Malawi Diaries Part 2: Cycle Challenge & YODEP

The second part of my Malawi Diaries will cover our visit to YODEP Village Community Project and our next challenge – the 55k Zomba Plateau Ride (climbing over 6000ft!)

I am a (very) nervous cyclist, therefore I anticipated that this would be my biggest challenge of the three. However, this brutal mountain bike was tougher than I ever could have anticipated, both physically and mentally.

Much like the Mulanje Mountain run, the route was very technical and therefore tricky to navigate. There were two options for the cycle, 35k or 55k, and in my head I was always going to complete the shorter ride (which was still an ABSOLUTE beast.) However, upon approaching the 35k split (whilst gripping onto my handlebars so tightly that I was beginning to lose sensation in my fingers), I was encouraged by my wonderful teammates to go for the 55k.

My biggest cycling fear is riding downhill, and this was downhill like I had never seen it before; steep, rough terrain with large rocks, holes and various other obstacles. We cycled through forests, streams and picturesque waterfalls – the views were INCREDIBLE.

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Although I wish I could say that I began to relax as the ride progressed, my honest feedback is that I felt anxious for approximately 90% of the Zomba Plateau challenge. Anxious is probably an understatement – I was sweating like a pregnant warthog.

However, it was an incredible experience, and I am very proud of everyone that completed it and so thankful for all the encouragement and words of wisdom from our fantastic guides. Despite my fear of the bike, this will not be the end of my cycling ‘career’ as I am far too stubborn/motivated/crazy to give up – plus, I’ve committed to take on my first triathlon next year!

Another highlight from my time in Malawi was our visit to YODEP Village Community Project.

YODEP (Youth for Development and Productivity) is a nonprofit community based organisation, established to help address socio-economic issues encountered by orphaned children, women and youth.

We received a very warm welcome upon our arrival at YODEP including allllll the singing, dancing, smiles and laughter.

A 5k run around the village really highlighted the strength and resilience of these amazing children – some ran in flip flops, some ran in odd shoes, and some ran in no shoes, but this most definitely did not stop them! These kids are SO fast and so talented, and with the right support and opportunities, could potentially go on to become world-class athletes.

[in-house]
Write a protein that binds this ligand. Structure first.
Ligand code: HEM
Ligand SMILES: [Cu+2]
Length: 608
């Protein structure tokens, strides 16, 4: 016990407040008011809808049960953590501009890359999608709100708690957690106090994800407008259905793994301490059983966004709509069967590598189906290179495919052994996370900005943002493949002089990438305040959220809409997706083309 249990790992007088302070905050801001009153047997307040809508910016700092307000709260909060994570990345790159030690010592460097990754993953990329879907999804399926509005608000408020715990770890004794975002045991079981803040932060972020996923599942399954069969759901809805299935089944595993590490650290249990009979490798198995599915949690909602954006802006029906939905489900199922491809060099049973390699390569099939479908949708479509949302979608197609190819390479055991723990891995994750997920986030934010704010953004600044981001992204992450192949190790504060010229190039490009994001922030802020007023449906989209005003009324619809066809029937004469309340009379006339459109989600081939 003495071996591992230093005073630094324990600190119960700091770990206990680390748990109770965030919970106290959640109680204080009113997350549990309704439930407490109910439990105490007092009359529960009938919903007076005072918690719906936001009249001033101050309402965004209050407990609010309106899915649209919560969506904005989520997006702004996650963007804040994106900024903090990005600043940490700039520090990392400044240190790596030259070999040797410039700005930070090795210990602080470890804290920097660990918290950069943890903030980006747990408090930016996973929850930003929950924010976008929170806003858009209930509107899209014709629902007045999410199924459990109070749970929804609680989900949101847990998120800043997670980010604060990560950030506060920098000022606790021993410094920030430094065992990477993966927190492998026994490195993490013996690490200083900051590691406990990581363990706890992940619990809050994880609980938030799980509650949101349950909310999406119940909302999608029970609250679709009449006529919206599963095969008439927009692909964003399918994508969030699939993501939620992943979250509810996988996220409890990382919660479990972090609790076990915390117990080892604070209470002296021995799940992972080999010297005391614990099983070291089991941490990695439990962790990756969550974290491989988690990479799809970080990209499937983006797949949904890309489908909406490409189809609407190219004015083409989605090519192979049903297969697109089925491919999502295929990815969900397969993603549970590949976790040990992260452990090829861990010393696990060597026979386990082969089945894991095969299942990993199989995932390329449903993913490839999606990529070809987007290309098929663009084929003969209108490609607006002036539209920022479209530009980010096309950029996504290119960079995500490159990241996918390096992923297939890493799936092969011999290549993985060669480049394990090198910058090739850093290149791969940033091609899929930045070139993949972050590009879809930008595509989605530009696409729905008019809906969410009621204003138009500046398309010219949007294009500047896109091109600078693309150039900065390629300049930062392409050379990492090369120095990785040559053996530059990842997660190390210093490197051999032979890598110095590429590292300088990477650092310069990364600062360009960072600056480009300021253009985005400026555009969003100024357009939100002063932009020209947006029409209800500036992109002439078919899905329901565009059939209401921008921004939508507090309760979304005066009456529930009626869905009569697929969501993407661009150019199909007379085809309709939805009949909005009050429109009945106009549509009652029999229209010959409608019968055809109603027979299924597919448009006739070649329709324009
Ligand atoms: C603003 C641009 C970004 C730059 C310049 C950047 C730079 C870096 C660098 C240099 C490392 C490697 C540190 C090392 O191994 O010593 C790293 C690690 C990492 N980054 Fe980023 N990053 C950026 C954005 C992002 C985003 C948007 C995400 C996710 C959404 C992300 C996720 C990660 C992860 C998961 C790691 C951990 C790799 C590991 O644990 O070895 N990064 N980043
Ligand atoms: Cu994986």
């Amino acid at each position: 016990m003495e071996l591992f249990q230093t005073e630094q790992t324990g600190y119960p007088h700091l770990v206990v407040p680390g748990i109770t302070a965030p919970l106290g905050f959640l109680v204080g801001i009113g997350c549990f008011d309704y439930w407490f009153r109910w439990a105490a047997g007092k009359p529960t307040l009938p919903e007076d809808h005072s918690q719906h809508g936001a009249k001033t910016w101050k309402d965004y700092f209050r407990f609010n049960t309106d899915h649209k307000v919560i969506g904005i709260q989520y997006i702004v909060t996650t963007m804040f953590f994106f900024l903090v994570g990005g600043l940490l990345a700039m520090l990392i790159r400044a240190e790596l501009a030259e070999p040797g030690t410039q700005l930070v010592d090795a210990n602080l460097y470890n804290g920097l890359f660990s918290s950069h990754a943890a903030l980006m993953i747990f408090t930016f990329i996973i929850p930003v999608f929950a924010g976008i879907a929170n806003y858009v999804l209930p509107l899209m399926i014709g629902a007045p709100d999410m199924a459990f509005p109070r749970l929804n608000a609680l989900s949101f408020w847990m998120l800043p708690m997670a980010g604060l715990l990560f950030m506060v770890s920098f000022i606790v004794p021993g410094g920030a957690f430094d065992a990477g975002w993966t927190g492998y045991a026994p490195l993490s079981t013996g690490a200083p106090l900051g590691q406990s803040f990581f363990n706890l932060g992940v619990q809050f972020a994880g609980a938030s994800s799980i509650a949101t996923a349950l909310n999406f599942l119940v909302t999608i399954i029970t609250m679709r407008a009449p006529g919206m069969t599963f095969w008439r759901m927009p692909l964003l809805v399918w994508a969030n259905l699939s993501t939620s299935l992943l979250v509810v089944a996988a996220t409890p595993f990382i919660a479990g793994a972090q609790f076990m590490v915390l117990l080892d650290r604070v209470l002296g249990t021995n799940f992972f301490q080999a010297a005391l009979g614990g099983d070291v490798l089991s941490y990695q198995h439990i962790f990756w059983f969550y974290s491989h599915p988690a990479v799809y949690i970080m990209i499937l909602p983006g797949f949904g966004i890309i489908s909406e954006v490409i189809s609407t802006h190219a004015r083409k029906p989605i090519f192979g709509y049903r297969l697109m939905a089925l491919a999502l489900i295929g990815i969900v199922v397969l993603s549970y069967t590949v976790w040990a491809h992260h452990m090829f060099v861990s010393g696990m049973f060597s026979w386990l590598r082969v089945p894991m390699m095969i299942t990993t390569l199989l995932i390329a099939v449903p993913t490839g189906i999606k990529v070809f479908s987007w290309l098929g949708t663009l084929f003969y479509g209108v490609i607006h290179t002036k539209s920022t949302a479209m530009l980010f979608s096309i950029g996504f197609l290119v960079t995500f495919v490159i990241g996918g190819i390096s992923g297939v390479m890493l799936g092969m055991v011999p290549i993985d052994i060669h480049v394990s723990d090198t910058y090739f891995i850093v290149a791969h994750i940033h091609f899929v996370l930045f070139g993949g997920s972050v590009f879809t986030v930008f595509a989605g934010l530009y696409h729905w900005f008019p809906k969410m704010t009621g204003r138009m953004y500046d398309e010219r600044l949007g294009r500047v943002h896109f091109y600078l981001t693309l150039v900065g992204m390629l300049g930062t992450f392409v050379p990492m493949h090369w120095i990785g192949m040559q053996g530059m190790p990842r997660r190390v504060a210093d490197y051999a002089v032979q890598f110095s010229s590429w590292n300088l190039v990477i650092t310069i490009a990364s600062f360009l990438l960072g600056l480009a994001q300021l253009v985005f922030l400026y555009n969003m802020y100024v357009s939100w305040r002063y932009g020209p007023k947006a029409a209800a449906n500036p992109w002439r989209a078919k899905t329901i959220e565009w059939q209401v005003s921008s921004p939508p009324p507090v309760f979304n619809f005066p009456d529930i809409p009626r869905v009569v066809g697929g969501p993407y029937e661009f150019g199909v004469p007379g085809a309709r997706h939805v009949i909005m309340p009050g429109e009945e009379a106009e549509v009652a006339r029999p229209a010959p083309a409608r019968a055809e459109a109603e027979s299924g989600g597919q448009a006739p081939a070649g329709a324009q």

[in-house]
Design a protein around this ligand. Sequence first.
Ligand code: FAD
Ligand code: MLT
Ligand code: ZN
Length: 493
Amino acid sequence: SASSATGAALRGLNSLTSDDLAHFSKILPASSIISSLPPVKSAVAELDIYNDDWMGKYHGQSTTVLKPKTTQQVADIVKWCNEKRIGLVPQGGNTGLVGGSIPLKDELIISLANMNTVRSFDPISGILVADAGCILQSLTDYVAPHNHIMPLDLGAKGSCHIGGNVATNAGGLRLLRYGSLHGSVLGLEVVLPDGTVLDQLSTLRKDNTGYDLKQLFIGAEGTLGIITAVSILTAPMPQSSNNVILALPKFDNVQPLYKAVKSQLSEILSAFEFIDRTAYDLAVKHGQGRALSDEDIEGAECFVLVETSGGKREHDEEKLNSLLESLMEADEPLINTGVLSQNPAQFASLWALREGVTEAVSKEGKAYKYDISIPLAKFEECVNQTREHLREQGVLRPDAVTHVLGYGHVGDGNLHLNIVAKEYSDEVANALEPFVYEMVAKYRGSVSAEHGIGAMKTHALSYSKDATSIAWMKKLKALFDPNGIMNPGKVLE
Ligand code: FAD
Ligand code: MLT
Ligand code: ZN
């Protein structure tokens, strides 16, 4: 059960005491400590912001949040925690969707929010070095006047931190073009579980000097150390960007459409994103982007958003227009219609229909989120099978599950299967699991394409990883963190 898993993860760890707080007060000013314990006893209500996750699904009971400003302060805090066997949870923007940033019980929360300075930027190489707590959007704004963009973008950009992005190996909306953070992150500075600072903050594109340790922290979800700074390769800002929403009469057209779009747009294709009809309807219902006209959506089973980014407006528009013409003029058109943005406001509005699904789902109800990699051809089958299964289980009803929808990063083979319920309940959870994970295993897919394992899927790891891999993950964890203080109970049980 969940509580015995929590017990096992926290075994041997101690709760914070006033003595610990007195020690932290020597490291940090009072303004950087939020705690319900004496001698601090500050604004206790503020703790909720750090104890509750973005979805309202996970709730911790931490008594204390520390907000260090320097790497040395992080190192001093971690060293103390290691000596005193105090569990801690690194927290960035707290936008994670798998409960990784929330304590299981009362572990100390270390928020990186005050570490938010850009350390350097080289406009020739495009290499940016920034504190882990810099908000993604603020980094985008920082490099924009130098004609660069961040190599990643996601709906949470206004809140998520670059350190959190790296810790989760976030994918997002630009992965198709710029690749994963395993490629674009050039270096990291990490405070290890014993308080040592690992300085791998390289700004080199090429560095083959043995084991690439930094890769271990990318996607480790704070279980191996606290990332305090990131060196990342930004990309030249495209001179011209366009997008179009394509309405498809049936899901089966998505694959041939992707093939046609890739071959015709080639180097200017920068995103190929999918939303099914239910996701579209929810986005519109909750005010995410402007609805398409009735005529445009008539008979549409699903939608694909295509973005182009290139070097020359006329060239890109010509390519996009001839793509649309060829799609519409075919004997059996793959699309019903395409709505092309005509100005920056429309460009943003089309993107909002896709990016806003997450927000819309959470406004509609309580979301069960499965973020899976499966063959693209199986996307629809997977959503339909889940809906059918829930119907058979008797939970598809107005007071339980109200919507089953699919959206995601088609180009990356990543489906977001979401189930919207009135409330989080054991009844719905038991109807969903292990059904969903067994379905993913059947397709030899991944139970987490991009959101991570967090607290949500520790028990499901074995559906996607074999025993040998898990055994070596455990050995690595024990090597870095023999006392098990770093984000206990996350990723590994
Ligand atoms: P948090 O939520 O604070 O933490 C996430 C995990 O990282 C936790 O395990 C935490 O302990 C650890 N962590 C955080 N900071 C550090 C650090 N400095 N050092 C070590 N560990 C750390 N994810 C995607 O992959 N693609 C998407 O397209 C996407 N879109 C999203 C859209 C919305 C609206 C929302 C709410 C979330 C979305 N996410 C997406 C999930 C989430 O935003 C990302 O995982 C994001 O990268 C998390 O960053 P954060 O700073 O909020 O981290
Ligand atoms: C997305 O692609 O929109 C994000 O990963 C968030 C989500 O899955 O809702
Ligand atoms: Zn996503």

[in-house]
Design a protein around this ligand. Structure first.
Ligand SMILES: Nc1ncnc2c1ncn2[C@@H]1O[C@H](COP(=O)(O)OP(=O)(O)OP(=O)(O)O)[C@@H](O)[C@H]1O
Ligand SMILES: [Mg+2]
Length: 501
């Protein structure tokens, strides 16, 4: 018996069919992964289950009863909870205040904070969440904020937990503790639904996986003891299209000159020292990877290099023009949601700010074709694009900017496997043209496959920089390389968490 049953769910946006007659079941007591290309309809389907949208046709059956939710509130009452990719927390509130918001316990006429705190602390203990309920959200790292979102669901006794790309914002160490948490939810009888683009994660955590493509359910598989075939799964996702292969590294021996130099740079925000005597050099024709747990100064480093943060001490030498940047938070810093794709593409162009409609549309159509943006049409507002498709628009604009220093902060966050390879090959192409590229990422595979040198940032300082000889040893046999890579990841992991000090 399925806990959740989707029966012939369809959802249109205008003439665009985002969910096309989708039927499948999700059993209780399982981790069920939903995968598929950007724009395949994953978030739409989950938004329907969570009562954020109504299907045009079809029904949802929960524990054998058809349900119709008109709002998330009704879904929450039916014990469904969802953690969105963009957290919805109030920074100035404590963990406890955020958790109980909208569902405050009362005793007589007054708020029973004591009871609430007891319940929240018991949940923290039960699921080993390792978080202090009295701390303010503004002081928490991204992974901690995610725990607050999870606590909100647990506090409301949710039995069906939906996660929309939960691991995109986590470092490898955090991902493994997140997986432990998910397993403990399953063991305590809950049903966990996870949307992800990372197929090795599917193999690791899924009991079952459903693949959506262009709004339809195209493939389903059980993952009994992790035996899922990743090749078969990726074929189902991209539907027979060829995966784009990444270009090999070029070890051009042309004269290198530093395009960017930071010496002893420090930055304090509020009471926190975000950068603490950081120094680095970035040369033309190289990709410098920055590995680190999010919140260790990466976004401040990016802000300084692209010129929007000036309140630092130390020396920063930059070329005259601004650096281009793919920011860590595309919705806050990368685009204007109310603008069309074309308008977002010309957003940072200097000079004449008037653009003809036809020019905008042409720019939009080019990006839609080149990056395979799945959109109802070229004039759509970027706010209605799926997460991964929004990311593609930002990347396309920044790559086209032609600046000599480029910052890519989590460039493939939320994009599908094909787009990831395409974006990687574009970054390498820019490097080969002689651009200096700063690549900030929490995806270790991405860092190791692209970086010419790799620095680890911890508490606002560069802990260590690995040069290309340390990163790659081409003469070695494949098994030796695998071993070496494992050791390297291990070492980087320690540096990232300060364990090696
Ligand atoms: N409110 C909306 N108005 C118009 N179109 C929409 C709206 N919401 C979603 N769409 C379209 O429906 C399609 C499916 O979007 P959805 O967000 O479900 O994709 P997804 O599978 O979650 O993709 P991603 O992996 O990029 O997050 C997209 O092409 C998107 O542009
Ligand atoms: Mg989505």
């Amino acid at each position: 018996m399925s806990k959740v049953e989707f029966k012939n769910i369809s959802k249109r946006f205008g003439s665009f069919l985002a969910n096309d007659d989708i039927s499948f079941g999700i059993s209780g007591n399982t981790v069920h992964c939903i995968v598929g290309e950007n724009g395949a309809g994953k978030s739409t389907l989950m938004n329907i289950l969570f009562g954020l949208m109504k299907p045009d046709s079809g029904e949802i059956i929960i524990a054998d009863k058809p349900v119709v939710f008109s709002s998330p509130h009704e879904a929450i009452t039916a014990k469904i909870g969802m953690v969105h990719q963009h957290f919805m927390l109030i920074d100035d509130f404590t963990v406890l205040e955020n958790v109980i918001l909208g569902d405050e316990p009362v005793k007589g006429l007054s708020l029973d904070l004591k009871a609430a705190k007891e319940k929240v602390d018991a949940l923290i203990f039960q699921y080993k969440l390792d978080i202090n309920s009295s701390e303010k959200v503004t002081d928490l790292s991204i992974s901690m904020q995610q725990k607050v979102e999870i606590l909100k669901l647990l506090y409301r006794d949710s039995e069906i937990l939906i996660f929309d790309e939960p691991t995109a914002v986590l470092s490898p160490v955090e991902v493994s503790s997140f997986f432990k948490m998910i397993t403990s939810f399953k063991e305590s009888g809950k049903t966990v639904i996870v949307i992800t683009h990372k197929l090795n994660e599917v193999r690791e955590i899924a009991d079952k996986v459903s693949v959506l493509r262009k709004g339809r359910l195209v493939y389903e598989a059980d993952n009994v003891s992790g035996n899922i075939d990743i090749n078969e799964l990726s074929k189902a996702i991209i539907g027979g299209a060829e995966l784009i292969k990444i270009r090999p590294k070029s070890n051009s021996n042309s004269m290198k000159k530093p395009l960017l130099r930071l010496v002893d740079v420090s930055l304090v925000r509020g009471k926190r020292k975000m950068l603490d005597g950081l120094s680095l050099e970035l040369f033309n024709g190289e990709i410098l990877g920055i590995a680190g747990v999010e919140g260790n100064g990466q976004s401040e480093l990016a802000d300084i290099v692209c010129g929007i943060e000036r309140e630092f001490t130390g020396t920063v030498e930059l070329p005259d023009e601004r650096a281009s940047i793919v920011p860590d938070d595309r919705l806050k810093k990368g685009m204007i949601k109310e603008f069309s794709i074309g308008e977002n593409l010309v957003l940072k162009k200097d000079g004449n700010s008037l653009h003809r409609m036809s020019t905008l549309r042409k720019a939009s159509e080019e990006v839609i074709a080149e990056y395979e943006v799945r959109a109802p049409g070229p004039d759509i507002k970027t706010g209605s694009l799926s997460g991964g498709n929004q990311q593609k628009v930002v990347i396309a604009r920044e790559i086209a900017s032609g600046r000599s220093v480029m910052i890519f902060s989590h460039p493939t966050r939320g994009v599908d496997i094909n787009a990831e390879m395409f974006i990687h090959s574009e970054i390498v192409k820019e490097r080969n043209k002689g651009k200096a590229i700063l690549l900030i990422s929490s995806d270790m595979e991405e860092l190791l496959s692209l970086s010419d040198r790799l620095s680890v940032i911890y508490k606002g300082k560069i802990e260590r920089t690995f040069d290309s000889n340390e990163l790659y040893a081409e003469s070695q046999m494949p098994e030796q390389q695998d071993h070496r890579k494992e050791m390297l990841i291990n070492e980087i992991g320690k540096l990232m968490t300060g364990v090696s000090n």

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This was another eye-opening experience, and one that I will never forget. It was a pleasure meeting the kids at YODEP, who not only displayed exceptional sporting talent, but were also so welcoming, curious and kind-hearted.

If you are interested in helping YODEP, please let me know and I can provide further info!

Malawi Diaries Part 1: Mount Mulanje & Street Chef

I found it difficult to write this post as I have SO much I’d like to share about my trip to Malawi, therefore I thought I would break it down into three separate posts (which could potentially end up being 86 posts if I struggle to contain myself.)

This post will cover two of the highlights from my first couple of days in Malawi.

As part of the Sport with a Purpose campaign, we took part in a series of endurance challenges across Southern Malawi led by Dame Kelly Holmes – the first being a 25k mountain run up Mount Mulanje, the highest mountain in Southern Central Africa. We followed the route of The Porters Race, one of Malawi’s most challenging extreme sporting events.

The route is rocky, hazardous, unbelievably steep and incomparable to anything I have ever experienced! It was more of a scramble/fast walk/steady jog than a run, with extremely technical uphill trails and an equally challenging descent.

Mount Mulanje is incredibly beautiful; we were treated to views of spectacular waterfalls, majestic peaks, andddd I’ve run out of adjectives to describe the beauty of the landscape surrounding us so hopefully these photos will help!




My teammates, along with the team that supported us, were fantastic throughout the challenge (and throughout the duration of the trip.) There is something very special about being part of a team of people who all share a common passion, and this set a precedent for the rest of the challenges.

Another key event from my first couple of days in Malawi was visiting Street Chef, an initiative which aims to provide more nutritious food for Malawians using locally sourced food cooked in an environmentally way.

Our visit to Street Chef was an eye-opening experience, and really highlighted some of the key issues surrounding nutrition in Malawi. More than half of Malawian children suffer from chronic malnutrition; this is a HUGE problem in Malawi and one that I cannot even begin to comprehend.

Street Chef have developed stoves that use minimal firewood and are a great accessory for a street food kitchen. These stoves come with recipes and training on how to make delicious food that is locally sourced, cheap to buy, and packed with nutrients.